Month: January 2016

Review: Trouble by Non Pratt

Trouble
Trouble by Non Pratt

My rating: 4 of 5 stars

First, I have the UK (Teal) edition, and whereas I do really like it now, I know teenage me would have cringed to have a book with sperm so prominently featured on it! The US version is a little more subtle, and the German version (Fuck you Leben!) is quite… to the point? Despite the sperm, this book actually really fits in colour-wise with the rest of my bookshelf (teal is REALLY popular at the moment) so I’m happy.

Trouble is written in dual-narrative between Hannah and Aaron. Hannah is a troublesome 15 year old who has just discovered sex and booze, and Aaron is a student who’s just transferred from another school. Hannah finds herself pregnant unexpectedly, and the book follows her pregnancy (it’s split into three trimesters) as she battles the bump, family issues, and her ex-best friend. She finds a friend in Aaron, who, despite never having slept with Hannah, suggests that he pretend to be her baby’s father.

Trouble is a thought-provoking, and at time, shocking book (in a good way). It’s rare to find teenagers written about honestly and realistically, living in the UK and not off at boarding school/fantasyland. I love unconventional families, and Trouble also features elderly people and parents as real people and not just plot devices to control our main characters. The juxtaposition of Hannah and Aaron is interesting, and there’s a really good cast of supporting characters, from the friendly Gideon and Anj, to angsty older stepbrother Jay.

This is no idealistic teenage fantasy – these teenagers drink and sleep together and fail exams. They lie and keep secrets and make mistakes.

The writing is really good (I read the first page on Kindle then knew I had to get the book), and the story has twists and turns. Overall, a really engaging novel that I read in a few days.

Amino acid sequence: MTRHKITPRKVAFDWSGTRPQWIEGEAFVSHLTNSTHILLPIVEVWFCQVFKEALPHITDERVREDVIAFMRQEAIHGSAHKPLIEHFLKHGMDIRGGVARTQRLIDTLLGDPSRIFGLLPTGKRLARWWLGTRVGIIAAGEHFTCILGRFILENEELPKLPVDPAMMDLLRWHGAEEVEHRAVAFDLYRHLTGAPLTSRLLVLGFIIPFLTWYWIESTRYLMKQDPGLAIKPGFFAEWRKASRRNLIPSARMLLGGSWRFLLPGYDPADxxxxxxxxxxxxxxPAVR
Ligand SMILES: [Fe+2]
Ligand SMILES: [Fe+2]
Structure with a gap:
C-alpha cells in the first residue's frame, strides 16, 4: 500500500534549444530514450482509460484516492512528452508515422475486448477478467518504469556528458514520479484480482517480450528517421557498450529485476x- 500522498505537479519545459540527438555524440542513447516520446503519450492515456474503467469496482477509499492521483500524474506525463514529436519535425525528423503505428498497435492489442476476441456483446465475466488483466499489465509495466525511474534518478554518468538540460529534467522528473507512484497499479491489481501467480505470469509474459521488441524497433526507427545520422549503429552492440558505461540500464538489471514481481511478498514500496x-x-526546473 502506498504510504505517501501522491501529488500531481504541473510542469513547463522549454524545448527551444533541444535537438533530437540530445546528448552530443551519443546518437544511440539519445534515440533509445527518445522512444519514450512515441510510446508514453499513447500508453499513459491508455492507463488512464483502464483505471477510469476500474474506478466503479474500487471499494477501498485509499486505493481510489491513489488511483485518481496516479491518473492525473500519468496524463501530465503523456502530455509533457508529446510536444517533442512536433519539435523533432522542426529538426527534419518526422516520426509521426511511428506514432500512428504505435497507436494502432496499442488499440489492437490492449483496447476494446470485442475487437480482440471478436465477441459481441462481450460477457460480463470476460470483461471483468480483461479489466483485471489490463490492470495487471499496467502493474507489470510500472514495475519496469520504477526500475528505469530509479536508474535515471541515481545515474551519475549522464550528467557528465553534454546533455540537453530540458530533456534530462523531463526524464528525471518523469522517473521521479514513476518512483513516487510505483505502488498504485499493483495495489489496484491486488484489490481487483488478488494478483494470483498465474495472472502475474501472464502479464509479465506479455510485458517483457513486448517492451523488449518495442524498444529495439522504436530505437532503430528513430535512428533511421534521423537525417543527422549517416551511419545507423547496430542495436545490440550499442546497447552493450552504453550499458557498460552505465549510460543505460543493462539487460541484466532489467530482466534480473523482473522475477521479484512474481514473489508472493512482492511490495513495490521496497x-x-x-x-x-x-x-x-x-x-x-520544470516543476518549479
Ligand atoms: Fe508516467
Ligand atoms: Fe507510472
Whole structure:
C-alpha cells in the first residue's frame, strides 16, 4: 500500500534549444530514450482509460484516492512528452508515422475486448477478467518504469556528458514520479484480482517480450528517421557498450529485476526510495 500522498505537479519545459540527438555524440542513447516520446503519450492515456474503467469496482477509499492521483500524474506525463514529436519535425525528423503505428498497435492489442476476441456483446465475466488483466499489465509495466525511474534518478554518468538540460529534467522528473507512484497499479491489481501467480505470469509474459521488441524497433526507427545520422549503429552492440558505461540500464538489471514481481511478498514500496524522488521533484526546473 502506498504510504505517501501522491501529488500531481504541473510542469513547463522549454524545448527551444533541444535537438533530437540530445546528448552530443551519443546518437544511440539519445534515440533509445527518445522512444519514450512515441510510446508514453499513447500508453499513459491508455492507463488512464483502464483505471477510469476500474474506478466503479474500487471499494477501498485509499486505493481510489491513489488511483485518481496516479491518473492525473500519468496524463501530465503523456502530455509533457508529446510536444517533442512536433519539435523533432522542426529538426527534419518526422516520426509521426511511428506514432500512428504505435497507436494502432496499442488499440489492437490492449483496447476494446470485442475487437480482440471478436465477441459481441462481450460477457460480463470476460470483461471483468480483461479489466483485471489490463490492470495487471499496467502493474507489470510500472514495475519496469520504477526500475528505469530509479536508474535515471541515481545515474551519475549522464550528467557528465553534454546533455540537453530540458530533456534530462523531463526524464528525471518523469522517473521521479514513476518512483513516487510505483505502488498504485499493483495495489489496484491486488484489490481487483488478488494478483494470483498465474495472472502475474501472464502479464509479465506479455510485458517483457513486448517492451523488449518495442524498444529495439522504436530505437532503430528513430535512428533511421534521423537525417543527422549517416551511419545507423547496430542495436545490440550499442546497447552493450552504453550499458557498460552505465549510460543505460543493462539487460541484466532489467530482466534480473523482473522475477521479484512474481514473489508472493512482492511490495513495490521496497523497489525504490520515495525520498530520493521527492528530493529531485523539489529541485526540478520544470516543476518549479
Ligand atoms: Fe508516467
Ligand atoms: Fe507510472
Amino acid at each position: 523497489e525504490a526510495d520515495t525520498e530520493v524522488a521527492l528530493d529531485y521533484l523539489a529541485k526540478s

My only issue (and what stops the book getting the hallowed 5 stars) is that it ends quite abruptly (something I’ve found quite common with my reading choices lately). There’s no real resolution of a few plot lines – an epilogue would have been really nice here!

If you’re looking for something realistic from UK YA fiction, you can’t go much wrong with Trouble by Non Pratt.
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Review: The It Girl by Katy Birchall

The It-Girl
The It-Girl by Katy Birchall

My rating: 4 of 5 stars

First I’d like to thank @Chelleytoy and @EMTeenFiction for the book – I received this book during a talk at YALC on Book Blogging. Thank you so much!

The It Girl is probably not a book I would have bought myself, simply because it’s been a while since I was an awkward 14 year old (I am now an awkward 21 year old, thank you very much). However, once I got into it, this book was really enjoyable, and I related a lot to Anna. The characters are likeable, with flaws (and yes, this is a good thing – they became more real) and very relatable.